Sunday, August 7, 2016
Jonathan Miller's view of life
I said I might follow up on Jonathan Miller, having posted a couple of weeks ago a segment of an old TV interview in which he talked about his Jewishness. There he was basically saying that he asserts it only in the face of anti-Semitism, and also that he was not religiously Jewish. (Apparently, he gave up on the religious side of things as he was preparing for his bar mitzvah, which in the end never took place).
When he was interviewed by Ben Silverstone in 2006, Miller was saying the same things about his Jewishness as he had been a quarter of a century earlier. But it's clear that he had become more embittered over the intervening years, convinced that he had not been given his due (as a director, say) as well as exhibiting more regrets about giving up the practice of medicine.
A number of things struck me, most notably his commitment to the ideas (mainly his views on religion and social issues, I suspect) of Bertrand Russell. Miller's father (who later became a noted psychiatrist) had studied philosophy at Cambridge before World War I and Jonathan inherited his father's library which included works by Russell.
Miller -- I think unfortunately -- made a bigger deal than Russell did of rejecting religion. For Russell this was primarily a personal decision whereas Miller sees religion as an evil social force which must be actively resisted.
I am also out of sympathy with Miller's left-wing social and political views. His children were sent to the local comprehensive, described by his son as a "war zone".
Russell had some decidedly dodgy ideas on education, and made (or lent his name to) some extreme political statements, particularly in his old age as a leading member of the Campaign for Nuclear Disarmament and associated groups. But generally I think his social and political views were more nuanced than Miller's.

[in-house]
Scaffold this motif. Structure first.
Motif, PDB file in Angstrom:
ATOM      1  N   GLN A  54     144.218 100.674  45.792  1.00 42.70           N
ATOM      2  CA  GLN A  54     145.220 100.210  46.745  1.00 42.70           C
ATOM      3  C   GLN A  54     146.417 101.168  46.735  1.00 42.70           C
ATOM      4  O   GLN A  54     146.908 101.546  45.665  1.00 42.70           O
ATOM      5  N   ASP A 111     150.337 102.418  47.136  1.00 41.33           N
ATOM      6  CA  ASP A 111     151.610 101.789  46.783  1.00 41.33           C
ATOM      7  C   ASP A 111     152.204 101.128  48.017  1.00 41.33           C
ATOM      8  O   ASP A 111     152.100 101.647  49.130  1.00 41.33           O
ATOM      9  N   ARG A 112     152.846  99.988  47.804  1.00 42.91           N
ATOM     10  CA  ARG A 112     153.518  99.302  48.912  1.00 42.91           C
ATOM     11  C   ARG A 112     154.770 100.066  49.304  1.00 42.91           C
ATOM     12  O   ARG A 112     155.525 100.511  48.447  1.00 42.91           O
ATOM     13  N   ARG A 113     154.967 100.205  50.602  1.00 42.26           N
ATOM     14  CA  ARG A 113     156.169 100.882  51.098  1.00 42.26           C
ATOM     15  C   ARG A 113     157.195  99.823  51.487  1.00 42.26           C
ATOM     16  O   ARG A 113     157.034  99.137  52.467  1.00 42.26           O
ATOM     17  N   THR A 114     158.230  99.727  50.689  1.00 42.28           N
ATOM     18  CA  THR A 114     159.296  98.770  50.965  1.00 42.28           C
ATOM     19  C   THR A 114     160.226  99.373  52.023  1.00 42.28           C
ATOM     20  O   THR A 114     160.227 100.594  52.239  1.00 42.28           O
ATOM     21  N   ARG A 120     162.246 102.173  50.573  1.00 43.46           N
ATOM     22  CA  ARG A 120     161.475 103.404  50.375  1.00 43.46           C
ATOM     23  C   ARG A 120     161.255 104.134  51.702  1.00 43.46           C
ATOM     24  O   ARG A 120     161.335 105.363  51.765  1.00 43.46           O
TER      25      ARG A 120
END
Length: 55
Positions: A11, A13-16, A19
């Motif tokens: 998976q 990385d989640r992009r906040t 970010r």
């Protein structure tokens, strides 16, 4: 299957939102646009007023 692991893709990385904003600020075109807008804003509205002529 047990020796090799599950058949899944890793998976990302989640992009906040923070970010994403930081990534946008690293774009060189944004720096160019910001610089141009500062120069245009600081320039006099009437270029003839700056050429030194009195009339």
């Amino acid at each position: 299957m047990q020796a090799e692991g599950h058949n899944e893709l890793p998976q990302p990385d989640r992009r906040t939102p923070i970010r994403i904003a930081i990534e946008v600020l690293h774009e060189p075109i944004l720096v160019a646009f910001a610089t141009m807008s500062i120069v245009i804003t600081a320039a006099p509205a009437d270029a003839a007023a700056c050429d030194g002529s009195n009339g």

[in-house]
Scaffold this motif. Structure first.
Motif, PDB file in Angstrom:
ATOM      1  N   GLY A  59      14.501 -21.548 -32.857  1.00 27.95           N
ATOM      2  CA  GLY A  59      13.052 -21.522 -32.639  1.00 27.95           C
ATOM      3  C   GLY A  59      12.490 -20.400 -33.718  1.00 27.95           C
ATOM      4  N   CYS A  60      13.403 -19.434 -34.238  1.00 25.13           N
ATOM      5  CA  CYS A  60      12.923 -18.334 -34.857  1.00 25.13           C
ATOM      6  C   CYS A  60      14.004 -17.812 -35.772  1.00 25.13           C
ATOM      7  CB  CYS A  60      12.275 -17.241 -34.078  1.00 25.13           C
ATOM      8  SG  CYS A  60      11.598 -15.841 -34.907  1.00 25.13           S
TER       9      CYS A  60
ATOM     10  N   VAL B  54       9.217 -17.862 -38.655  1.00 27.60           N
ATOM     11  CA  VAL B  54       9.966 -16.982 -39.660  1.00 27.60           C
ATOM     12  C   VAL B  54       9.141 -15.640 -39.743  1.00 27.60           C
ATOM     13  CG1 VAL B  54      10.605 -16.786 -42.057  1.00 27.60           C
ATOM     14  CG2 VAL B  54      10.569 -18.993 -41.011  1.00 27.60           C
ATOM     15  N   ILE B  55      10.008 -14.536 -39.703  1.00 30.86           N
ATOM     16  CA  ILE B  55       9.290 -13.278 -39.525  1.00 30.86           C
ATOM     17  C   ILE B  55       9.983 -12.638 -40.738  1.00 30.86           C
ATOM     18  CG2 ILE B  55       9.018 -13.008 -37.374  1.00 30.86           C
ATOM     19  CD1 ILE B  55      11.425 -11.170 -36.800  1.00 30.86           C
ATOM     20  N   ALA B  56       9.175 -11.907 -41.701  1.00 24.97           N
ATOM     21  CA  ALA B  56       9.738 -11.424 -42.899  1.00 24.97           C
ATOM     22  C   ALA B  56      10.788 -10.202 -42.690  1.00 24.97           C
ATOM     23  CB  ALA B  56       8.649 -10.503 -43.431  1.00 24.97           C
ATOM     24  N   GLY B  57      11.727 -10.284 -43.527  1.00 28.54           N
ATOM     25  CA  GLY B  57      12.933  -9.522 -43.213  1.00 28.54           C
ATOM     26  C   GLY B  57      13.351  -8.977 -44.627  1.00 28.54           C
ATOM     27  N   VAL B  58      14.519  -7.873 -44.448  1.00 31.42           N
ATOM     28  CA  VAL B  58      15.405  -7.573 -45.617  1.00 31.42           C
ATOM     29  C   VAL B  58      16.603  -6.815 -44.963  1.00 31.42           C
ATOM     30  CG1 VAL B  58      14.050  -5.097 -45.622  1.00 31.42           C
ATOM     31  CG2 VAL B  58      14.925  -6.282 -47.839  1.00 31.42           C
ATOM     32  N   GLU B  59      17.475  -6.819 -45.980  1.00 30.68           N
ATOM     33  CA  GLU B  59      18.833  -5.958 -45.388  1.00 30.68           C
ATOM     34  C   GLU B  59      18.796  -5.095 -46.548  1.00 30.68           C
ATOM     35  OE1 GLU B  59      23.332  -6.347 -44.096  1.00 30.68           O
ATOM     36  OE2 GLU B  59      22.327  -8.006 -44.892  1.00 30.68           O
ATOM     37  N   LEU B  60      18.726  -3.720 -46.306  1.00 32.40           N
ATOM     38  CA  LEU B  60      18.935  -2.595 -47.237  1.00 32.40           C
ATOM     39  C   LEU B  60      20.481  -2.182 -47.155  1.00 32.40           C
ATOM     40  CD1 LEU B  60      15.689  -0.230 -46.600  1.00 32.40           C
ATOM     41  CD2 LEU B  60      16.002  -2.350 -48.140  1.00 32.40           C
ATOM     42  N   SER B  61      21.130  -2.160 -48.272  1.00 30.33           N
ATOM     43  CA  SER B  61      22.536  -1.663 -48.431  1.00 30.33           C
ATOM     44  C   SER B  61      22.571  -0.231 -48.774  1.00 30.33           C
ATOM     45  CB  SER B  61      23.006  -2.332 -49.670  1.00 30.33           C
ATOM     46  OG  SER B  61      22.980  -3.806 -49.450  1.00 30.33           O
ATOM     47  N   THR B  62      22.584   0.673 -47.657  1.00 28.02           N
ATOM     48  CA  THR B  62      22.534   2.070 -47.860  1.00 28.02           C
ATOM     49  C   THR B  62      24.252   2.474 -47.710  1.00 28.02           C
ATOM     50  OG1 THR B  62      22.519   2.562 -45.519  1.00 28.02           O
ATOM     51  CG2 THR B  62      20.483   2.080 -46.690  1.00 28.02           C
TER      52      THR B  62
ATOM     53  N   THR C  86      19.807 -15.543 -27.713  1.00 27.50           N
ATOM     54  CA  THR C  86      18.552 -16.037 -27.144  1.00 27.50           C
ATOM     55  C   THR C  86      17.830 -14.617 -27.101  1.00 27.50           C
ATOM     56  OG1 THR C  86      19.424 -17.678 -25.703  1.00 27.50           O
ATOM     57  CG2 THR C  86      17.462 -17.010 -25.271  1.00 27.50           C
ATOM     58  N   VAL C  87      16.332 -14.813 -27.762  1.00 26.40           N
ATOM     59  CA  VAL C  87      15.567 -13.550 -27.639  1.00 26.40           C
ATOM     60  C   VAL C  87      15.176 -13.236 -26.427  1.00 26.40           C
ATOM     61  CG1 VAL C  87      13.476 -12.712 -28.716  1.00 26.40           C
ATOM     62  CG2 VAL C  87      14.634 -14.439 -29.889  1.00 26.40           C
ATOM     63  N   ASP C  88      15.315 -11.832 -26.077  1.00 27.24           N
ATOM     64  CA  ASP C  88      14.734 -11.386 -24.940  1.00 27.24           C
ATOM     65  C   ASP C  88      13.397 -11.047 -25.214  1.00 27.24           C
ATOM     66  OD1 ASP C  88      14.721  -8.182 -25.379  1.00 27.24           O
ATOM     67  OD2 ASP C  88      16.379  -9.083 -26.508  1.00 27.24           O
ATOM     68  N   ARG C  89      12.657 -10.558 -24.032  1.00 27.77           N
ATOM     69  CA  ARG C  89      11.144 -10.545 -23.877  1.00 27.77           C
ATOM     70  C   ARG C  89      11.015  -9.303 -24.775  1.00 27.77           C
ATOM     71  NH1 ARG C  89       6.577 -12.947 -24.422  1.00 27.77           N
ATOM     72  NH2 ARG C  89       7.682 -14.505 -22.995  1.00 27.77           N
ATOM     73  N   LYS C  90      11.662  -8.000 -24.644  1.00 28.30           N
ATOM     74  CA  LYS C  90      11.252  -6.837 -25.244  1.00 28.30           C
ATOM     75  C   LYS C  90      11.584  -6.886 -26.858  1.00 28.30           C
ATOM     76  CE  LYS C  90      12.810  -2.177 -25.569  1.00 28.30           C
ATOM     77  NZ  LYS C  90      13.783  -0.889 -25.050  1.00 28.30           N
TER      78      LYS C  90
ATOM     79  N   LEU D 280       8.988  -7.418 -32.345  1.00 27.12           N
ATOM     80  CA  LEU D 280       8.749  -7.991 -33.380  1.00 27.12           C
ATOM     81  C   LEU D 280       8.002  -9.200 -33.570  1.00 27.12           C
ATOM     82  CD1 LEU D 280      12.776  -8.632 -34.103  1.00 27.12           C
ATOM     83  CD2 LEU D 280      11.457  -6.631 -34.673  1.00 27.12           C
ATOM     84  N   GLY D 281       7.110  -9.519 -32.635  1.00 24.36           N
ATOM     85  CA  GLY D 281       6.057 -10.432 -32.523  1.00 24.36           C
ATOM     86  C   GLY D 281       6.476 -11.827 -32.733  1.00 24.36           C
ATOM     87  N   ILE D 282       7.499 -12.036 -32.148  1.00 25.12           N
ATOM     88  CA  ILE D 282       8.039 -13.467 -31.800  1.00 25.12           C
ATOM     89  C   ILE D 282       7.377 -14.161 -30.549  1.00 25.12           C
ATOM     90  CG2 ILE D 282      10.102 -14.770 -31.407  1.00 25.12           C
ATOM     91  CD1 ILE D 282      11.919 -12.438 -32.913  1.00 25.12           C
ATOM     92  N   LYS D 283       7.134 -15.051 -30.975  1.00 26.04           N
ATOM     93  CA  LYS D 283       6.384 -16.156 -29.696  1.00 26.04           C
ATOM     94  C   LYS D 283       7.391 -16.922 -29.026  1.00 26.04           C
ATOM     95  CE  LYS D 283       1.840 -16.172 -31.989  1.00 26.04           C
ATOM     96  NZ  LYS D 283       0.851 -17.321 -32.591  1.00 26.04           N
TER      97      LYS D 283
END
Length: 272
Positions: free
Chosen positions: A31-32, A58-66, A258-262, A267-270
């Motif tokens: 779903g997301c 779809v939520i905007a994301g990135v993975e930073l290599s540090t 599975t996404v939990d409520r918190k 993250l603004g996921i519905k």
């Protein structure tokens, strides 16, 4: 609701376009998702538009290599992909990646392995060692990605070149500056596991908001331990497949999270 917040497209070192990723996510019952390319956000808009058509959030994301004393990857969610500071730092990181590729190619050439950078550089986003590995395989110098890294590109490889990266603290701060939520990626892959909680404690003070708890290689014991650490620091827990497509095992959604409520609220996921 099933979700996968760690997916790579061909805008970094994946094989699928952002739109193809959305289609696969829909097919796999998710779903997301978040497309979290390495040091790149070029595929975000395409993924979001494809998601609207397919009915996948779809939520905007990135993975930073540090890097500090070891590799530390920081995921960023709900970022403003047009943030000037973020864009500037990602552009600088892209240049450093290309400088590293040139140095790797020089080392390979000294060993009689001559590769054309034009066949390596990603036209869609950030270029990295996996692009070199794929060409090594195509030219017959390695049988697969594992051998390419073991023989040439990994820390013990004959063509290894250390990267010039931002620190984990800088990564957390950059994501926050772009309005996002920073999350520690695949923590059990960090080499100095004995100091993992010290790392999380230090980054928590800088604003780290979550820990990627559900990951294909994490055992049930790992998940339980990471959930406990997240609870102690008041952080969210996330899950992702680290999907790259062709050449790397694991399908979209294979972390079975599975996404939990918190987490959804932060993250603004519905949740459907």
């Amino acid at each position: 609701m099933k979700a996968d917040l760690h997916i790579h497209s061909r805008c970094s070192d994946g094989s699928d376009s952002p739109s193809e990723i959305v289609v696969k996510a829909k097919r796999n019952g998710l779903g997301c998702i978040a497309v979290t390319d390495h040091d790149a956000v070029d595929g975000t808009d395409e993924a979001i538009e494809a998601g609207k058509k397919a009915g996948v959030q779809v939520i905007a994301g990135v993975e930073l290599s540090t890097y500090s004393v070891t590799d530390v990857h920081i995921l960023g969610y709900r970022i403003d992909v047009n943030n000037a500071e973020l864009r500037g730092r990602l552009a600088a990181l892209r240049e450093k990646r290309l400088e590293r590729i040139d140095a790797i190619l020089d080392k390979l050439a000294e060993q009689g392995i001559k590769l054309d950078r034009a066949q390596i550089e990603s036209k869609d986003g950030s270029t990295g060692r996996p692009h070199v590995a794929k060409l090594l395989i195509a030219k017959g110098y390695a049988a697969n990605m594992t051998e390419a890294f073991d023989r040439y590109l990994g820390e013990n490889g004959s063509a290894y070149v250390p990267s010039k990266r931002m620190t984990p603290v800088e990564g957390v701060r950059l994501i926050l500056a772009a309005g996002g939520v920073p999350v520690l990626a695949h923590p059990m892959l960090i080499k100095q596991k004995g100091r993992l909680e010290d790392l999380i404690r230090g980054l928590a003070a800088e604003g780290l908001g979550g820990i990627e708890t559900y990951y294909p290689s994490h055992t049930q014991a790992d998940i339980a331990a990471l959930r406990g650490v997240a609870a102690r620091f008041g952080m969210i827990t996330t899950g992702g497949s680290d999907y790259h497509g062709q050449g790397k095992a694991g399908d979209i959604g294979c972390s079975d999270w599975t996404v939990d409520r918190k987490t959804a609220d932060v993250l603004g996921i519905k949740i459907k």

I won't talk about Miller's activism on behalf of the Palestinians and against Israel. I have never lived in the region and I prefer to steer clear of these sorts of discussions. Both sides have done bad things.
In three main respects I am on the same page as Miller: I share his respect for scientific knowledge and achievement, his rejection of metaphysics, and his fascination with ordinary human behaviour.
Miller says: "On the whole, the best works of literature simply address the tiny, quotidian questions - what happens when you get up? What stops you not going to bed earlier? In neurology, you’re also looking at the peculiar, anomalous ways in which patients do what they do: deficits, failures to say what they wished to say. In both neurology and theatre, subtle observation of what appear to be negligible details turns out to be the name of the game: that’s where the payload is."
I agree. Certainly there is no way we can get answers to those old, traditional metaphysical questions about purpose and meaning. The best we can do is muddle through, understanding the little we can and cherishing, if possible, the uncertainty and fragility of human life.
At the time of the interview, Miller was directing a production (in Michael Frayne's strange but wonderful translation) of Chekhov's The Cherry Orchard.
Chekhov, he points out, was a doctor also. Miller also mentions Flaubert in this regard (but not Somerset Maugham who -- though he too was trained as a physician and was an acute observer of mundane human behaviour -- was probably not ideologically sound from Miller's point of view, being rather conservative). Frankly, I think medical training is much less relevant to observational capacities than Miller is making out.
According to Miller, great literature is simply about "what it's like to get from one end of a life to another". This sounds about right. Seriousness and triviality are inevitably intertwined.
The Cherry Orchard, Miller explains, "ends with a short scene depicting the aged footman, Firs, locked into a freezing house, left alone, apparently to die, after the departure of the entire Gayev household for the winter."
In Michael Frayn’s translation, Firs’s final words read...
“My life’s gone by, and it’s just as if I’d never lived at all. I’ll lie down for a bit, then… No strength, have you? Nothing left. Nothing… Oh you… sillybilly…”